One day, my friend noticed that when you get a strava.cz account, intentionally or not, username and password are the same - at least at the place we got our accounts from. Also, account's username is a number that goes up gradually - again, at least at the place we got our accounts from. We wondered how many people did not change their default passwords (being same as given username). This tool is a proof of concept .... or .... This is what happens when I get bored on saturdays .... ba dum tss (I am 100% aware that was a really lame joke)
What's the problem?
New/Existing strava.cz accounts from a specific canteen (I don't have data on other canteens) have default and predictable username + password. Change is not enforced upon users, so some users may leave it like that. We can then send login requests using these predictable credentials and obtain access to these accounts.
How big of a problem is this?
It's hard to tell without having internal data/statistics, but I believe that this specific "vulnerability" (arguable if it even is a vulnerability) is not affecting a large chunk of users. I don't even know whether to call this a vulnerability, because it's no different than running a script that goes through a rainbow table. However, I believe that the chunk of users that it affects could have a bad time :D. After some digging, I found some interesting functionalities, that the potential attacker could use to cause some damage to the company's reputation, presuming that the attacker has obtained a list of all vulnerable accounts using this "vulnerability", after running the code provided for like a month.
- Fun fact, if you want to reset e-mail or password, you can do that with 1 request (after obtaining authentication). NO need to login once again, or confirm the reset through email, it just resets it. This means that the potential attacker could take the list of people with default login and then massively reset everybody's email and password (causing irl Denial of Service).
- If this potential attacker has a list of all vulnerable accounts, they could theoretically cancel everybody's lunches at the same time, causing supply chain problems (if the number of vulnerable accounts is big enough).
- As an attacker you could also use this "vulnerability" on a smaller scale, attacking individuals by changing their lunches or seeing part of their schedule without "stalking them" in real-world (on the spot).
The severity of all of these potential attacks depends on the number of vulnerable accounts, which I don't have, legally cannot find out and won't take a guess.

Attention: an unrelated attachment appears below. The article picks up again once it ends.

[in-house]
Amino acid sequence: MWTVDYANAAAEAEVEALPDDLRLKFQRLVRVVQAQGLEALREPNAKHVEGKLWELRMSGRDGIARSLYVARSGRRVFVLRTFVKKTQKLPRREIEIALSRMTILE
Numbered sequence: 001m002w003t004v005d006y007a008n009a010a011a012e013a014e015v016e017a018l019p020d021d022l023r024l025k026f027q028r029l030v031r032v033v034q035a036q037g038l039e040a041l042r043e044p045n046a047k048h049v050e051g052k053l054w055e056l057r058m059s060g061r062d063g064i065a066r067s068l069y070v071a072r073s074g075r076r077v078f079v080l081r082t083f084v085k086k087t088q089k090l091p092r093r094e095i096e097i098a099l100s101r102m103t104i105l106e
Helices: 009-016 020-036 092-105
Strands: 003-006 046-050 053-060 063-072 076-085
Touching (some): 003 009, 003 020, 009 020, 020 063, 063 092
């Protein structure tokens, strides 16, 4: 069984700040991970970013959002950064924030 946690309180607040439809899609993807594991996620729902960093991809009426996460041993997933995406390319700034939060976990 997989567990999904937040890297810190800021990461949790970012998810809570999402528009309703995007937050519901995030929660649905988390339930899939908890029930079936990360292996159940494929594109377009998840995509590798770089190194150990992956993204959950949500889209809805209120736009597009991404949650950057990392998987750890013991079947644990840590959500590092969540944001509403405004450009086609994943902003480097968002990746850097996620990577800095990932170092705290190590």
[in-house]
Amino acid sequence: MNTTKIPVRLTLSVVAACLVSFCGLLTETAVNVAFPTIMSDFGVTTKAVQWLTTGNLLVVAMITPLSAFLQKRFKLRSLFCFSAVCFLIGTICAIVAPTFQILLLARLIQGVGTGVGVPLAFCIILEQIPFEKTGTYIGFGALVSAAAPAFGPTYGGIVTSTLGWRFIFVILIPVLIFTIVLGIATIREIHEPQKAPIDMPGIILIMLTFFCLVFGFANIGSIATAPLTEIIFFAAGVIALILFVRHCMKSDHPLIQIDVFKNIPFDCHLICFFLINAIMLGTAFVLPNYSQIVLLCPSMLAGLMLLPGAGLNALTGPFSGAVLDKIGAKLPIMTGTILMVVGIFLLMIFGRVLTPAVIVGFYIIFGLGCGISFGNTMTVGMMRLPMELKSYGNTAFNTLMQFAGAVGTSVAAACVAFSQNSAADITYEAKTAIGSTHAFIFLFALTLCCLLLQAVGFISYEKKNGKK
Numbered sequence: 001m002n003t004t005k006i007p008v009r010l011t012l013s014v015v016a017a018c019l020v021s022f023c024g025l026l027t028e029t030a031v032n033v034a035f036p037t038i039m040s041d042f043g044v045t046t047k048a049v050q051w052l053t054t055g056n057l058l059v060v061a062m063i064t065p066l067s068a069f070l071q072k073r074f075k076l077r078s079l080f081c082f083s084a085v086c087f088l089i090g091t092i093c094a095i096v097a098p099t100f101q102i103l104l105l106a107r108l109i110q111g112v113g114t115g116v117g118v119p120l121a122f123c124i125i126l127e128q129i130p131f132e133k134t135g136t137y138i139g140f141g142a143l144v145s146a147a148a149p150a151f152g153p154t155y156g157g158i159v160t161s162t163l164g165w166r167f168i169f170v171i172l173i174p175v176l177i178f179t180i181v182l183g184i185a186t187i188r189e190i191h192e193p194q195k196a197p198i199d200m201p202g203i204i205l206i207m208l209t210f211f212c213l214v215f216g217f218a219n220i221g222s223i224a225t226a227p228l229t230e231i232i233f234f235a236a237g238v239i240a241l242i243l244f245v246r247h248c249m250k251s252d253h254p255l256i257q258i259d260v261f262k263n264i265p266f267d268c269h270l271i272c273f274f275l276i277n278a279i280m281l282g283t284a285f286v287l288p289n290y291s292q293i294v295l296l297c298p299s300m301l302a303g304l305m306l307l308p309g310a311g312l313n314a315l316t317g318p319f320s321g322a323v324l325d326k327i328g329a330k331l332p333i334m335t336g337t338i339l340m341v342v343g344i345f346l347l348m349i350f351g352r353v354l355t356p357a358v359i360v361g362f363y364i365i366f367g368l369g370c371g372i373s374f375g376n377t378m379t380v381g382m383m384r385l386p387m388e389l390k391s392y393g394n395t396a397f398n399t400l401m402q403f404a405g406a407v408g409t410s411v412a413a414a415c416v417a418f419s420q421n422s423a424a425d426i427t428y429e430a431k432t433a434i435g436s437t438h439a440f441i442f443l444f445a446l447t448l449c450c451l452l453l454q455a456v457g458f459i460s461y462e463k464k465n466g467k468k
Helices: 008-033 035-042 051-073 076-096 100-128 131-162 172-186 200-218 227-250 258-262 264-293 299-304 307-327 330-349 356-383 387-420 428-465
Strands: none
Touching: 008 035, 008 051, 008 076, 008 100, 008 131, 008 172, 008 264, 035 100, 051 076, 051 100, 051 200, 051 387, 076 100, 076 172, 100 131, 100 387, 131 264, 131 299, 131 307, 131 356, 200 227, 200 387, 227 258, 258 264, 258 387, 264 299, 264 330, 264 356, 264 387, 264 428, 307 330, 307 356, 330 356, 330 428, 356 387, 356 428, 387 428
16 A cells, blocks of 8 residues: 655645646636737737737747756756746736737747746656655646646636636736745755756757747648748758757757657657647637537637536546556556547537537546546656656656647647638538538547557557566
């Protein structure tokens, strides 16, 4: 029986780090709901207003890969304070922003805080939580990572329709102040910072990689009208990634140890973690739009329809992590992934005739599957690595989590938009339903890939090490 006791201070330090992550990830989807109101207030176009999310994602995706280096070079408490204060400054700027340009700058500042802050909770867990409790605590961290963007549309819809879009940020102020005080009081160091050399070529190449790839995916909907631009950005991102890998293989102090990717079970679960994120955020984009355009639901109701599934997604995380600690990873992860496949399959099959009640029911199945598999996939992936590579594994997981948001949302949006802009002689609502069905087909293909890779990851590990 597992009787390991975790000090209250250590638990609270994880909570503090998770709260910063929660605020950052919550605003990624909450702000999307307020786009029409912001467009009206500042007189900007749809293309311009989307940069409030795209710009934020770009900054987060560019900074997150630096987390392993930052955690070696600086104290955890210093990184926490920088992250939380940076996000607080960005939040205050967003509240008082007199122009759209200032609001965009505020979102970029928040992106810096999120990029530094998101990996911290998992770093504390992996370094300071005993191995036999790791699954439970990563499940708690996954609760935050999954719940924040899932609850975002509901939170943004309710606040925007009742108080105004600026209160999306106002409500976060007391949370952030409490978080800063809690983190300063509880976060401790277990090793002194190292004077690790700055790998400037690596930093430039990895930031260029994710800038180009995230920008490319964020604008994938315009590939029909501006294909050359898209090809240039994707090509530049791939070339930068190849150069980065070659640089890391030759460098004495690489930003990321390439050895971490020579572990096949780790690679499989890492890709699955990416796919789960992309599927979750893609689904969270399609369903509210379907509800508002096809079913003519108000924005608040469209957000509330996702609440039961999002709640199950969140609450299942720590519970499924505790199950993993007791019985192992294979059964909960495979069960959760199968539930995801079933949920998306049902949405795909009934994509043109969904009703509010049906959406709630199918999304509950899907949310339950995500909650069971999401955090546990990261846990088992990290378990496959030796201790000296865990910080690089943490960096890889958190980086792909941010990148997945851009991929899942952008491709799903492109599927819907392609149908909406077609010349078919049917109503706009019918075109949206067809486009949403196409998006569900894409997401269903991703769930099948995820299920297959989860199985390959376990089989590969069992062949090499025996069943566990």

Also, a bonus fun fact I came across while playing around with the website: You don't need a valid email address for registering new accounts (or confirming the ownership of said email address). You can even have multiple accounts linked to one email address. How much of an issue is this? I don't know ¯\_(ツ)_/¯, because I didn't decide to dig deeper as it's outside of the scope of this blog post.
How hard is this to 'exploit'?
First of all, I have only a basic level of understanding when it comes to black box penetration testing (atm). This whole program could have been a simple bash for-loop. As a matter of fact, this is something that can be done by every average script-kiddie :/ (meaning, no fancy/cool hacking techniques were used :D). Somebody could theoretically make this run as multiple tasks on multiple cores and scale somewhat well, at a real-time of
([r * k] / [t * c]) r => number_of_requests k => request response time t => tasks spawned c => cores used
however since this project is for educational purposes only, I am NOT going to implement that. Nevertheless, that approach should be currently possible to implement, because AFAIK strava does not rate limit requests.
- The obvious one is to not allow the same username and password (After first login show users page prompting them to change their password or something...)
- Implement two factor authentication
- Instruct administrators of canteens to use randomly generated usernames and passwords
- Place already existing bot/spam prevention solution in front of the website (eg. Cloudflare's WAF)
- Rate limit login attempts using fingerprinting - although this could be penetrated by randomly changing values used for said fingerprinting.
The code provided is for educational purposes only and should not be used for any malicious or illegal activities. Any unauthorized use of this code is strictly prohibited and violators will be held liable for their actions. The code is intended to be used solely for the purpose of learning and understanding vulnerabilities and should not be executed on any systems without proper authorization and oversight. The author of this code takes no responsibility for any actions taken by any party using this code and is not liable for any damages or harm caused as a result of its use.
I hope you enjoyed this article/blog post!
If you have any questions, problems or want to start a discussion, don't hesitate and write me an email!